If there is one moment to encapsulate this year’s Tampa Bay Rays season, it could very well be Brett Phillips‘ headfirst slide into home plate Monday night at the Trop, completing an inside-the-park-home run as part of the Rays’ trouncing of the Baltimore Orioles.
Brett Phillips turning his career around in Tampa
Phillips entered this season as a career .207 hitter, with 20 home runs over four seasons. But so what? The Rays were focused mainly on his defense when they acquired him from Kansas City in August 2020 for minor-league infielder Lucius Fox. But so what?
Phillips has now hit six home runs in his last 15 games, including three grand slams. Now, add to that an inside-the-park homer. The Rays never expected such power production from him. But so what?
The Rays certainly did not expect Phillips to become a World Series hero, but so what? He did, in Game 4 of the 2020 series with the Dodgers, when Phillips drove in Randy Arozarena from first on a lined single to right that was a major Los Angeles Dodgers defensive snafu.
Phillips’ way to celebrate that victory? He put his hands out to his sides and ran around the infield, gliding as an airplane while teammates chased him to mob him.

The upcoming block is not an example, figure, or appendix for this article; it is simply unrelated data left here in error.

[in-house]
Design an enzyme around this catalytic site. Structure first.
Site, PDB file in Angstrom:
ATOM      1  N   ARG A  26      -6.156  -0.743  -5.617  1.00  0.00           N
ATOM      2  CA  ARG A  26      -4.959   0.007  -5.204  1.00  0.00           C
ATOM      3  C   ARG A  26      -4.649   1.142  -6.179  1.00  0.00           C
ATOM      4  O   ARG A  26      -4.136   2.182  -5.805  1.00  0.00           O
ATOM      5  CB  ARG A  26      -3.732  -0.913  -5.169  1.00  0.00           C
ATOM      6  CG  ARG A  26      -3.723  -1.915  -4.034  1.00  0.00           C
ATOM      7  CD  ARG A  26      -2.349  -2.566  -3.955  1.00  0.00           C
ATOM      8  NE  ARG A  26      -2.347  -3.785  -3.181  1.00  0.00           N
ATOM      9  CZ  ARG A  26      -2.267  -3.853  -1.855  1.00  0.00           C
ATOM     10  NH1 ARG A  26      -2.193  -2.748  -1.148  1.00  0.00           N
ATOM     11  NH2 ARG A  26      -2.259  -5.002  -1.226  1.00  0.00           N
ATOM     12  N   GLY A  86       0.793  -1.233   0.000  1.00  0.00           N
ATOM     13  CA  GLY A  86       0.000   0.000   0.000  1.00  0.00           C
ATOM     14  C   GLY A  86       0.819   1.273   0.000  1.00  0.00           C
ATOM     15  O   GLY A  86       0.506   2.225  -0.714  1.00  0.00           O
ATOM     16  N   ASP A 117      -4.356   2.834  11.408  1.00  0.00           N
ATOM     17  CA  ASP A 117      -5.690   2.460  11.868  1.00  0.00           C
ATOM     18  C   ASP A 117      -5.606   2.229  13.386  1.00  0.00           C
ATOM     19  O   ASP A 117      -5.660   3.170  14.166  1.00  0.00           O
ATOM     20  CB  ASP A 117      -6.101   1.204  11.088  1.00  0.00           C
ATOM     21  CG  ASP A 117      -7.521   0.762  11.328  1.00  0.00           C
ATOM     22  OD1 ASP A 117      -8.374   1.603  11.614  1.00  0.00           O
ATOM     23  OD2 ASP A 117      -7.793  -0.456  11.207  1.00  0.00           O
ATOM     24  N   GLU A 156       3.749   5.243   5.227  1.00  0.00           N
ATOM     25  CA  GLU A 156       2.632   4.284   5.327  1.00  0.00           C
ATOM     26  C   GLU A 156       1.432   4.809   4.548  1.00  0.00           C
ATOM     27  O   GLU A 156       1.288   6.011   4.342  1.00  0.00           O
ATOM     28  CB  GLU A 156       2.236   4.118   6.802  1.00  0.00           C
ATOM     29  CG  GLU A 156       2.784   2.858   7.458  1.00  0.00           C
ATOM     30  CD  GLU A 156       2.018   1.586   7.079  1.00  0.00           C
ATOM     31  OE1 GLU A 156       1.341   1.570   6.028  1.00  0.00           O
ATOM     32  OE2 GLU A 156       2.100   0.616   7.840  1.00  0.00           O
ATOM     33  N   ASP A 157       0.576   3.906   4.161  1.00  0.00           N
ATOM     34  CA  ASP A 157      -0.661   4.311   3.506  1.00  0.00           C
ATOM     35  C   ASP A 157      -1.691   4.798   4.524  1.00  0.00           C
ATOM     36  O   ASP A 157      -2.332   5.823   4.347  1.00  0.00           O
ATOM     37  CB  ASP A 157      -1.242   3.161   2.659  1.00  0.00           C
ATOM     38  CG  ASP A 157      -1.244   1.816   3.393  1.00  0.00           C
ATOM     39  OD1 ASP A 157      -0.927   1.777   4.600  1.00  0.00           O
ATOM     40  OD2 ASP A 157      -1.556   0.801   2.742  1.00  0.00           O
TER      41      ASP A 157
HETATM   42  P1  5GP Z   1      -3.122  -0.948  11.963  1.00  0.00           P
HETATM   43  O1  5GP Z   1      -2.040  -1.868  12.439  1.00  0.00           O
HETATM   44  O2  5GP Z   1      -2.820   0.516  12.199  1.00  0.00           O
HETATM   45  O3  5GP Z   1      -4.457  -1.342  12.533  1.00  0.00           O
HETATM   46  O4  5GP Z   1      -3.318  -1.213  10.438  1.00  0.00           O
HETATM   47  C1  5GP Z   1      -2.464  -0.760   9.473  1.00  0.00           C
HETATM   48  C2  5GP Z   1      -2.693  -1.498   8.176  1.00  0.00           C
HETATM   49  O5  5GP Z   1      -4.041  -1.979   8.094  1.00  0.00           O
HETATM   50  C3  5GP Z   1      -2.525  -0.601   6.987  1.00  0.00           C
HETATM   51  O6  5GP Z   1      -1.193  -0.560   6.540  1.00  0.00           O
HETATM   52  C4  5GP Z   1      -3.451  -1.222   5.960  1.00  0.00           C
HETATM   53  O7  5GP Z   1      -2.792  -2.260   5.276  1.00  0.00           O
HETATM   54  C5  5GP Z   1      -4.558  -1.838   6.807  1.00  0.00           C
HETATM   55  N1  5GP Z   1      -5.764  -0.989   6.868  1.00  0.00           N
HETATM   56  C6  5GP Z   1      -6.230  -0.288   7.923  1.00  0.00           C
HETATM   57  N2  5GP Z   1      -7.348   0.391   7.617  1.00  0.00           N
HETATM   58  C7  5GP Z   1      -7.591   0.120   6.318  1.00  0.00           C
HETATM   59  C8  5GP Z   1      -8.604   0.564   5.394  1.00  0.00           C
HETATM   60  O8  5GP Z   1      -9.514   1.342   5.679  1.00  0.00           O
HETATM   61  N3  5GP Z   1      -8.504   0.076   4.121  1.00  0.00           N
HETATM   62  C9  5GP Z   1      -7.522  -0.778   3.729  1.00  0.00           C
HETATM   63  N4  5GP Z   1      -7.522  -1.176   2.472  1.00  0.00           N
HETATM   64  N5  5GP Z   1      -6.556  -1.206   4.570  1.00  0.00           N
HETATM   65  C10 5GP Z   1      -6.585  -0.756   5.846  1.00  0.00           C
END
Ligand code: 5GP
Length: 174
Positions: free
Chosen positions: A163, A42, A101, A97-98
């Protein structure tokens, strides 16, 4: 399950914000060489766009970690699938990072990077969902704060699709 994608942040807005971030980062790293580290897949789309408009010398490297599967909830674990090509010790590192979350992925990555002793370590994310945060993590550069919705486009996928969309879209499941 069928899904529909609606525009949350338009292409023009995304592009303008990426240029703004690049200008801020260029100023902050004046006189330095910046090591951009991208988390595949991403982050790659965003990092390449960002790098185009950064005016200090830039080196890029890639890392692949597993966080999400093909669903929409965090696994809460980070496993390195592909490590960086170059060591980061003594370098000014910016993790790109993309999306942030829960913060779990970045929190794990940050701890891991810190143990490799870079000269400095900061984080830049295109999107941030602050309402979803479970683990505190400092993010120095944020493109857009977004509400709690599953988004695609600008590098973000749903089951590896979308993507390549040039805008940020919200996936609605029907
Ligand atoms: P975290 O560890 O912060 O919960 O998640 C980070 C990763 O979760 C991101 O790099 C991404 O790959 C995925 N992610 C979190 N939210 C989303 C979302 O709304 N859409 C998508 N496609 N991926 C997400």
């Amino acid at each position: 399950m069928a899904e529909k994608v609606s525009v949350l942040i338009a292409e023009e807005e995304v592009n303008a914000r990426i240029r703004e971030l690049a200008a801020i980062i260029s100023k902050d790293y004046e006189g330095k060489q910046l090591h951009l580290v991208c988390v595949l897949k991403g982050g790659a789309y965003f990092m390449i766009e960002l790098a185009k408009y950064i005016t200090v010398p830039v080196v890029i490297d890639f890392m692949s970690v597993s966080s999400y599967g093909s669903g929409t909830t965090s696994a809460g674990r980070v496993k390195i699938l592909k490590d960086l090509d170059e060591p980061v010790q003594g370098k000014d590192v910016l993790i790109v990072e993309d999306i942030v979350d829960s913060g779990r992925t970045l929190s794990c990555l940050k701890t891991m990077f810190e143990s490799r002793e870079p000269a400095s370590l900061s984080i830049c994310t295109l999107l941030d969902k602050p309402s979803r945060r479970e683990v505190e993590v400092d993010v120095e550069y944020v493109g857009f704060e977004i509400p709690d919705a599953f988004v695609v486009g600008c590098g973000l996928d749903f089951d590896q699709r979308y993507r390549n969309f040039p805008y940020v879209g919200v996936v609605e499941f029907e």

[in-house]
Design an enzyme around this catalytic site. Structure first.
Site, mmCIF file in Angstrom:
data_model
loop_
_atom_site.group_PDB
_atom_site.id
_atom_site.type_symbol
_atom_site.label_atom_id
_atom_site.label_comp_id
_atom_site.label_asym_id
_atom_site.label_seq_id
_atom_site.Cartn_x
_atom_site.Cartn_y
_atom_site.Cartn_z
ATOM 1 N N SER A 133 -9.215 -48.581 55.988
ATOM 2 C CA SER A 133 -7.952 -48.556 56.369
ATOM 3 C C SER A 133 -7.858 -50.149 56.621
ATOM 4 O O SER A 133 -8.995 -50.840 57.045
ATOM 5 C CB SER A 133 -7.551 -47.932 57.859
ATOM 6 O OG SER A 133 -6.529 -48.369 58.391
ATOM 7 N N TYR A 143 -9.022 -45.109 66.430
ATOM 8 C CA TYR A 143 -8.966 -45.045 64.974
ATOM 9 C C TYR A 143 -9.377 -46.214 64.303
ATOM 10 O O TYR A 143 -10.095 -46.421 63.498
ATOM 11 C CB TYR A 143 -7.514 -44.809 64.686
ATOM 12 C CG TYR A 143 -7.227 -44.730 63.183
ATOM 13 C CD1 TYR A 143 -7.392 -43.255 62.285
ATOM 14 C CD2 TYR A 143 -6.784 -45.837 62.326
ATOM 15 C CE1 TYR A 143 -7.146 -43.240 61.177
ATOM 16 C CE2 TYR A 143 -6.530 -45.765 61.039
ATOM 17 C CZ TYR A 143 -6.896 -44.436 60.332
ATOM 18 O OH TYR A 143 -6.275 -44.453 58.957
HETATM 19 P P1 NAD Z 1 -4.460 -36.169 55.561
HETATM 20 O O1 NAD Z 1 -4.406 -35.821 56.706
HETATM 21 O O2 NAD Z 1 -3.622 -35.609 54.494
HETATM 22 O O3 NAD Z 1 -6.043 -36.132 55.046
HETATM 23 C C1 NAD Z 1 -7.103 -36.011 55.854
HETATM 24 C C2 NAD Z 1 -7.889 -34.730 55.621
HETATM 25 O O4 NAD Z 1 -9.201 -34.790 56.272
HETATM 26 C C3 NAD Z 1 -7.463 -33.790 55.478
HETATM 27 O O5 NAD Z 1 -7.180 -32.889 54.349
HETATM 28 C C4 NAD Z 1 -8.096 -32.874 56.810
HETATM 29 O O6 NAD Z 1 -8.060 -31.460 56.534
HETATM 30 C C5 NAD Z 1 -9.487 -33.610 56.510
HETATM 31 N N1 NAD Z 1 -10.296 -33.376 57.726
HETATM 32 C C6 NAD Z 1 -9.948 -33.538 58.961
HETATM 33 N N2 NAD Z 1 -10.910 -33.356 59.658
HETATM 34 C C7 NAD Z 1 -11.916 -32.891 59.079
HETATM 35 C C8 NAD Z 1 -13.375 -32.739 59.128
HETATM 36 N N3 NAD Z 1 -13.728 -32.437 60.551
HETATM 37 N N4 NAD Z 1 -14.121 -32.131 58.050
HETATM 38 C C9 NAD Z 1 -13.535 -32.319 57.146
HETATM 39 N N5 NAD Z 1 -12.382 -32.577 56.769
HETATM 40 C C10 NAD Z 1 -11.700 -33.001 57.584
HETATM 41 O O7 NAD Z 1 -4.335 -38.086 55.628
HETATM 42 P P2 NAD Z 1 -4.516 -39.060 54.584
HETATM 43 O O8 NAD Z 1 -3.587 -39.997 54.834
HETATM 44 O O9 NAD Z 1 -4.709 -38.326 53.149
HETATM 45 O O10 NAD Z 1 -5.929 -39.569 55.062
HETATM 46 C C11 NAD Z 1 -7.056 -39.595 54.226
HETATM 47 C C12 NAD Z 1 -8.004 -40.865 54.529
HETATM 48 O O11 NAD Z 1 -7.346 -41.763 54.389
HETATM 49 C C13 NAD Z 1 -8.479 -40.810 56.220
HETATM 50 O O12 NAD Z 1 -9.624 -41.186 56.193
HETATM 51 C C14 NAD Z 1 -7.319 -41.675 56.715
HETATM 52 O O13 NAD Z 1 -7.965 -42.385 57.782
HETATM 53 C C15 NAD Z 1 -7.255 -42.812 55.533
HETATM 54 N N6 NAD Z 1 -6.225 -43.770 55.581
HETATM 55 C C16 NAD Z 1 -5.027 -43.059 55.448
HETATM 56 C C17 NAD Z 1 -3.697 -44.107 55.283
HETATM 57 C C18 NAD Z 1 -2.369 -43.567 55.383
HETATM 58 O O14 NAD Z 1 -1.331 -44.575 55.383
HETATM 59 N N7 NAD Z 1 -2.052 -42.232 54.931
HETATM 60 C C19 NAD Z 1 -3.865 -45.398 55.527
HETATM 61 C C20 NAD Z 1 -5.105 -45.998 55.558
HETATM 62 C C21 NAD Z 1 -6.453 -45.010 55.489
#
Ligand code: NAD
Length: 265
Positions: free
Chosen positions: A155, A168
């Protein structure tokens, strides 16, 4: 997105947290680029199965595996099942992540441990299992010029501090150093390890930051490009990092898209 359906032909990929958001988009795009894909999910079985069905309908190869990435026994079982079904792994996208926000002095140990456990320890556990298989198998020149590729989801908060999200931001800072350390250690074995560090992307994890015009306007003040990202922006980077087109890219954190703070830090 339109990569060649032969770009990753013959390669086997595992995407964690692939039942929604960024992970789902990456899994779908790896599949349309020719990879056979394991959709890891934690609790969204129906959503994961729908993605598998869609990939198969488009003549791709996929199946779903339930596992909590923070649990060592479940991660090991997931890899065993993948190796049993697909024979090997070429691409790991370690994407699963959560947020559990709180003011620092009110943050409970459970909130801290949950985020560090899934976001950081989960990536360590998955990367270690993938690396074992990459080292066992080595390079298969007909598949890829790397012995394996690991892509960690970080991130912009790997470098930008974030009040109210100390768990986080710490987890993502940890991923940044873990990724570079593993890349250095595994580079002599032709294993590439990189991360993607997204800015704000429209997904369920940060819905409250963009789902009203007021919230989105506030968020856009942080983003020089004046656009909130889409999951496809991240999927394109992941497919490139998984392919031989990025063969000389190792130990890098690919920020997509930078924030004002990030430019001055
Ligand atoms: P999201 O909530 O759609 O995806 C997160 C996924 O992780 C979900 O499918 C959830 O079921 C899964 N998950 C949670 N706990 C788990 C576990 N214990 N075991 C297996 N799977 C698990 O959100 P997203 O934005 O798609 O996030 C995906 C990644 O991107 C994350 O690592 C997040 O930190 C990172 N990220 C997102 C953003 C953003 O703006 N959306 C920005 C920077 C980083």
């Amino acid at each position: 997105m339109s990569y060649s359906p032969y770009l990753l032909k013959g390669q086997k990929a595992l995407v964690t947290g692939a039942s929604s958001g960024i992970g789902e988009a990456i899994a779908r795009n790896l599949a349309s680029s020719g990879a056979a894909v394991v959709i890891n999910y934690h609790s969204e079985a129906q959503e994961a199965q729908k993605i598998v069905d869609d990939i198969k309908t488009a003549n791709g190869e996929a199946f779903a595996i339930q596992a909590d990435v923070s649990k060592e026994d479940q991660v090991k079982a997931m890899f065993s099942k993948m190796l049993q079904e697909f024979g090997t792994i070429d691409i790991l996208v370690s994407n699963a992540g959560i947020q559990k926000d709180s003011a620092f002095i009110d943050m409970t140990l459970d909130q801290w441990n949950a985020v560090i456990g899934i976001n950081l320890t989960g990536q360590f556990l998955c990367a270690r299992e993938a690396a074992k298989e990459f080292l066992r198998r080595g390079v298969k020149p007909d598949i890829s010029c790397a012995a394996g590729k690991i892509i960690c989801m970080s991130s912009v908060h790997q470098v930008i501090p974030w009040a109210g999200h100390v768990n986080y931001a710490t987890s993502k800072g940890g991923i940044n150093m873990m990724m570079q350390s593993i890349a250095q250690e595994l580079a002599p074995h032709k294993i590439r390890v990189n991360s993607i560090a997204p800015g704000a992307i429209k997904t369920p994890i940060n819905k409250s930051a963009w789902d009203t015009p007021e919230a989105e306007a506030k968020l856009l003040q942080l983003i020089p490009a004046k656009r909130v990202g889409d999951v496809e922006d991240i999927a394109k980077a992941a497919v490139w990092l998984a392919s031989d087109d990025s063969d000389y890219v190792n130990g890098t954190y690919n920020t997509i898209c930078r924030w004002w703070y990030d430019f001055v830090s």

Brett Phillips makes baseball Fun
If a motto or mantra could be ascribed to Brett Phillips, it is the one he often says: “Baseball is fun.” For Phillips, it often is. Earlier this year, Orioles’ pitcher Jorge Lopez hit Phillips in the back with a pitch. The pair had previously played together in the Milwaukee Brewers’ system.
After being hit, Phillips acted as though he was going to charge at the mound and Lopez, who showed concern on his face. Phillips immediately started laughing at his “pretend” rushing of the mound and assured Lopez that all was O. K.
It was a “light” moment that went viral on social media, allowing Phillips to share with the world that “baseball is fun.”
Further proof of that came as Phillips circled the bases en route to his inside-the-park homer.
Phillips’ obvious excitement in talking about the homer is sincere and infectious. The former high-school standout and Tampa-area native is doing his best to ensure that “baseball is fun.”